"Who knows what it was?'' said the man of the match, Landon Donovan of the United States. "I am not sure how much English he spoke, or if he spoke English. But we asked him several times in a non-confrontational way. He just ignored us.''

The call was awful. But in all sports, when hugely controversial calls are made -- the Tuck Rule call by Walt Coleman in the Raiders-Patriots playoff game nine years ago, the Jim Joyce ruination-of-the-perfect-game this month -- at least we know what the call is. Here, millions of people staring at TVs around the world are still asking, "What's the call?''

You could feel it in the bowels of Ellis Park after the game. Don't make a big stir over this. It's soccer. Nothing you can do it about it. It's just the way it is.

Why? Why is this just blindly accepted? FIFA uses a referee -- in a game of vital importance in determining who moves on in the biggest tournament in any sport in the world -- whose highest previous assignment was the African Cup. That's got to be the equivalent of a Mid-American Conference ref being assigned the Super Bowl.

Coaches coach for four years to get to the World Cup. Players train for four years to get to the World Cup. And they have their fate decided by some wordless man handed an assignment he had no business having. But as important: Just what is this governing body FIFA, with the world watching its signature event, doing when it doesn't mandate an explanation from the referee about what he called that determined the outcome of a game?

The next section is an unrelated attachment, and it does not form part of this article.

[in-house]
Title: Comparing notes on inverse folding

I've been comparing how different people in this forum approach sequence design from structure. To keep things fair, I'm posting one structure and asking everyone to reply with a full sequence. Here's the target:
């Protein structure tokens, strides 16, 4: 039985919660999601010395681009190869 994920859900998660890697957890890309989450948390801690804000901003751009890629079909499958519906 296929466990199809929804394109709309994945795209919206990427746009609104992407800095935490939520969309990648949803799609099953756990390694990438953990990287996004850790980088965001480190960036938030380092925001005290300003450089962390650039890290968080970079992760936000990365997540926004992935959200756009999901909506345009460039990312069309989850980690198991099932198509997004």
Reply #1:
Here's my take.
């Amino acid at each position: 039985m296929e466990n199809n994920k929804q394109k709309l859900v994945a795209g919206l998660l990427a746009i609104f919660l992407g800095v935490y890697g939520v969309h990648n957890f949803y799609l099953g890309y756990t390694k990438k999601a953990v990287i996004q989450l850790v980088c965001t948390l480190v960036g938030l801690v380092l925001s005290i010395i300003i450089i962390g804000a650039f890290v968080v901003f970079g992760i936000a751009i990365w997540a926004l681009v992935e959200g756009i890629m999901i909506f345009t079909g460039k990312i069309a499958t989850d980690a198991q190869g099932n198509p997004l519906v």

I blame Coulibaly. But FIFA deserves equal blame, for putting a system in place that allows incompetent officiating to skate free. So what if we never see this official again? The damage is done. He was in far over his head, and he blew the call that decided the game. He can disappear now, and in all nations but America, the story will blow over. Nice racket you've got going, FIFA.

My fervent hope is America won't let FIFA forget about this -- that you, the readers and followers of this sport and the viewers of this sacred game -- will rise up and pound FIFA with protests. Write to FIFA president Sepp Blatter. Demand accountability. You've invested your time and energy, and you've cheated your boss today by sneaking over to the lounge where you work to watch this very important event in your life, and you've come away feeling angry and empty. Which you should.

So don't just sit there. Do something. Write to Blatter. Tell him you want accountability. Here's the address:

Sepp Blatter
Box 85
8030 Zurich, Switzerland

I would have told you to write an email to FIFA, but I've been on their website for 10 minutes trying to figure out how to email the organization. This is best I found.